Research Article, J Womens Health Issues Care Vol: 6 Issue: 2
Impediments of Infertility Units in Low-Income Countries: Two Hospitals Examples in Senegal
Mame Diarra Ndiaye Gueye, Abdoul Aziz Diouf, Mamour Gueye*, Omar Gassama, Philippe Marc Moreira, Marie Edouard Faye Dieme, Moussa Diallo, Fatou Niasse Dia, Alassane Diouf and Jean Charles Moreau
Gynaecologic and Obstetric Clinic, Aristide Le Dantec Teaching Hospital 1, Pasteur Avenue, POBOX 3001, Dakar Senegal
*Corresponding author: Dr. Mamour Gueye
Gynaecologic and Obstetric Clinic, Aristide Le Dantec Teaching Hospital 1, Pasteur Avenue, P.O. Box 3001, Dakar Senegal
Tel: 00 22177 6517272
Received: April 20, 2016 Accepted: May 02, 2017 Published: May 08, 2017
Citation: Gueye MDN, Diouf AA, Gueye M, Gassama O, Moreira PM, et al. (2017) Impediments of Infertility Units in Low-Income Countries: Two Hospitals Examples in Senegal. J Womens Health, Issues Care 6:2.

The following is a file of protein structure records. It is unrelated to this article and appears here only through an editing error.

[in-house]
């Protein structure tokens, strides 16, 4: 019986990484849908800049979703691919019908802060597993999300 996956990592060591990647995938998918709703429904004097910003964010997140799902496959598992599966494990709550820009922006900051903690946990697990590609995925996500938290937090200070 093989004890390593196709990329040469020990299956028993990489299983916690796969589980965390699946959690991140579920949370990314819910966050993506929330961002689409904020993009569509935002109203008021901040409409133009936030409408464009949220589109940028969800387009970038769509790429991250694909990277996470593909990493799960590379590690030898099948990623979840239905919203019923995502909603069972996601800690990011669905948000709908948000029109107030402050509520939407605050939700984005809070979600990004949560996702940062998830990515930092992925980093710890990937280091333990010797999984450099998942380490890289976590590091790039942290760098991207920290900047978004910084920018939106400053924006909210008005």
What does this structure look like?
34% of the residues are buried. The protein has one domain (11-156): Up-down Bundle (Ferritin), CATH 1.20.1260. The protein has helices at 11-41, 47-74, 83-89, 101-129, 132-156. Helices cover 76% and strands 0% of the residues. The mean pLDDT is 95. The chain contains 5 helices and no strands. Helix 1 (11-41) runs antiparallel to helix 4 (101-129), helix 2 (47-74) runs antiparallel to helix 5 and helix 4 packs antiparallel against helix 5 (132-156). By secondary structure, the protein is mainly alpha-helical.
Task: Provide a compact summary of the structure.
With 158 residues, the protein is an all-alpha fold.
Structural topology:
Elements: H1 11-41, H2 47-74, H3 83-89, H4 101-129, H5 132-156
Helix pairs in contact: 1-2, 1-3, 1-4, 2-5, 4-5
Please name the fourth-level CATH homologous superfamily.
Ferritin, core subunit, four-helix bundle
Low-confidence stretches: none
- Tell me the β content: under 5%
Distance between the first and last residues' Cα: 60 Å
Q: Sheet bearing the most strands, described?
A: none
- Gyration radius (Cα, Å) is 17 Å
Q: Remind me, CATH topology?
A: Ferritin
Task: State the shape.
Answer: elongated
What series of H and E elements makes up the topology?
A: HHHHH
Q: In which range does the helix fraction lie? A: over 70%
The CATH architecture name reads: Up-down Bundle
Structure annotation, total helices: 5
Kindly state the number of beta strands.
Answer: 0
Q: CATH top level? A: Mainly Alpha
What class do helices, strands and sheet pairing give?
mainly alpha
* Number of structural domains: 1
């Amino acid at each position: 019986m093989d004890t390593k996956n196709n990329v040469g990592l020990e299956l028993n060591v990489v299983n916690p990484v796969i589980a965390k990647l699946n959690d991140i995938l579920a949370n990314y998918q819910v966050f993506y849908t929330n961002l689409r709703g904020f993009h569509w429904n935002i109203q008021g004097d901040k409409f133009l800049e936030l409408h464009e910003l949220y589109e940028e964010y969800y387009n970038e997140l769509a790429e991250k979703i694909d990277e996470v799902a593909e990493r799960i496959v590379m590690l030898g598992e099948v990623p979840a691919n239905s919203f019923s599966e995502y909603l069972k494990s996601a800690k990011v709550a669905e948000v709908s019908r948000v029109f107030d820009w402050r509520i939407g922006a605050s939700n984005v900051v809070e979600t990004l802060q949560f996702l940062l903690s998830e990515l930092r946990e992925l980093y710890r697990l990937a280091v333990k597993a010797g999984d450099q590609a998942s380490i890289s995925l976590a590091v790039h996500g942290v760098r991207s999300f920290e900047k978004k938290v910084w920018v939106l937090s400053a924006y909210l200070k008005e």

Objectives: The aim of this study was to identify impediments of quality of infertility care units.
Patients and methods: This is a retrospective study leaded in two hospitals in Dakar (Senegal): Pikine National Hospital (PNH) and Aristide Le Dantec Teaching Hospital (LDTH) for 18 months from January the 1st 2015 to June 30th 2016. It included all couples presenting in our services for desire for pregnancy.
Results: The mean age of women was 32.7 years for women and 40.4 years for men. More than half of couples (51.3%) consulted after 5 years of attempt at conception. In both hospitals andrological history was not reported. Physicians prescribed semen analysis to 77.3% of couples at LDTH and in 31.5% at PNH. Antral follicular count (AFC) was not done in any of the 252 patients. At the LDTH, 75% of patients carried out the prescribed paraclinic exams.
Conclusion: In our study we have identified many impediments: unmet need in treating infertility, lack of physicians training, immigration and other social phenomenon (using alternative medicine, non-adherence of spouse in care). Access to infertility treatment is also limited by economics barriers. Physicians’ training is the cornerstones of quality of services.